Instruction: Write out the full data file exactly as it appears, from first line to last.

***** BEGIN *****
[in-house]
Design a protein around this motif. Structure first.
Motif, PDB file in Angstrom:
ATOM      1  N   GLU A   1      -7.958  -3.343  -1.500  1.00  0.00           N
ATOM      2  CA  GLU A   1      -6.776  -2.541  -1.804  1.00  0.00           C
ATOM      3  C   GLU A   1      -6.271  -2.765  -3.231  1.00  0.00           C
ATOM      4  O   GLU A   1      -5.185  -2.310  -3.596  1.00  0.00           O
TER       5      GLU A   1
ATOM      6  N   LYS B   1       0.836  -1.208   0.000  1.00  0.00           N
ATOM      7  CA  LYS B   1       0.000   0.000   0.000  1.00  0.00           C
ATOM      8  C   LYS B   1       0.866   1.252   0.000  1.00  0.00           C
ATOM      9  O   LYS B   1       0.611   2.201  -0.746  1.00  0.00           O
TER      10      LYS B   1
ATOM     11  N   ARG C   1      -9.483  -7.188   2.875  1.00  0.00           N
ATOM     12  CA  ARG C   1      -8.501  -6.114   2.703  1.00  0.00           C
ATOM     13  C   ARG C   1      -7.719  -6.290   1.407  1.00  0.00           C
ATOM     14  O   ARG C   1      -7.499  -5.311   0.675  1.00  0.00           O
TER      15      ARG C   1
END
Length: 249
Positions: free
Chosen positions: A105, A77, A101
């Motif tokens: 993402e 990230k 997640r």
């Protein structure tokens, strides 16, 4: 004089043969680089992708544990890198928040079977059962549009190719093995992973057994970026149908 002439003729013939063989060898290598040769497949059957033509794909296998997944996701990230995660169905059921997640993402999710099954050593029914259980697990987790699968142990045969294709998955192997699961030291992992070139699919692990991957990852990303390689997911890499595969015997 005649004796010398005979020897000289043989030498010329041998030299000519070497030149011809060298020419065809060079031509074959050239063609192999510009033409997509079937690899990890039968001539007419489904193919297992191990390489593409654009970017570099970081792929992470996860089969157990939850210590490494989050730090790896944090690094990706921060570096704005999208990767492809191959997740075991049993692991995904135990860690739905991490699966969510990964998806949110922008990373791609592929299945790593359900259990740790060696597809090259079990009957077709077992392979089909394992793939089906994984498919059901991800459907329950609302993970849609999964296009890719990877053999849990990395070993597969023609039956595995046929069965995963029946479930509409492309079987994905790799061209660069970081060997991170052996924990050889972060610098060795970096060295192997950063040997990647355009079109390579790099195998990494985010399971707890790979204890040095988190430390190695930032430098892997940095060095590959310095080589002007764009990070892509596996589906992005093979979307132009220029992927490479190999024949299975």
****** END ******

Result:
[in-house]
Design a protein around this motif. Structure first.
Motif, PDB file in Angstrom:
ATOM      1  N   GLU A   1      -7.958  -3.343  -1.500  1.00  0.00           N
ATOM      2  CA  GLU A   1      -6.776  -2.541  -1.804  1.00  0.00           C
ATOM      3  C   GLU A   1      -6.271  -2.765  -3.231  1.00  0.00           C
ATOM      4  O   GLU A   1      -5.185  -2.310  -3.596  1.00  0.00           O
TER       5      GLU A   1
ATOM      6  N   LYS B   1       0.836  -1.208   0.000  1.00  0.00           N
ATOM      7  CA  LYS B   1       0.000   0.000   0.000  1.00  0.00           C
ATOM      8  C   LYS B   1       0.866   1.252   0.000  1.00  0.00           C
ATOM      9  O   LYS B   1       0.611   2.201  -0.746  1.00  0.00           O
TER      10      LYS B   1
ATOM     11  N   ARG C   1      -9.483  -7.188   2.875  1.00  0.00           N
ATOM     12  CA  ARG C   1      -8.501  -6.114   2.703  1.00  0.00           C
ATOM     13  C   ARG C   1      -7.719  -6.290   1.407  1.00  0.00           C
ATOM     14  O   ARG C   1      -7.499  -5.311   0.675  1.00  0.00           O
TER      15      ARG C   1
END
Length: 249
Positions: free
Chosen positions: A105, A77, A101
């Motif tokens: 993402e 990230k 997640r």
């Protein structure tokens, strides 16, 4: 004089043969680089992708544990890198928040079977059962549009190719093995992973057994970026149908 002439003729013939063989060898290598040769497949059957033509794909296998997944996701990230995660169905059921997640993402999710099954050593029914259980697990987790699968142990045969294709998955192997699961030291992992070139699919692990991957990852990303390689997911890499595969015997 005649004796010398005979020897000289043989030498010329041998030299000519070497030149011809060298020419065809060079031509074959050239063609192999510009033409997509079937690899990890039968001539007419489904193919297992191990390489593409654009970017570099970081792929992470996860089969157990939850210590490494989050730090790896944090690094990706921060570096704005999208990767492809191959997740075991049993692991995904135990860690739905991490699966969510990964998806949110922008990373791609592929299945790593359900259990740790060696597809090259079990009957077709077992392979089909394992793939089906994984498919059901991800459907329950609302993970849609999964296009890719990877053999849990990395070993597969023609039956595995046929069965995963029946479930509409492309079987994905790799061209660069970081060997991170052996924990050889972060610098060795970096060295192997950063040997990647355009079109390579790099195998990494985010399971707890790979204890040095988190430390190695930032430098892997940095060095590959310095080589002007764009990070892509596996589906992005093979979307132009220029992927490479190999024949299975």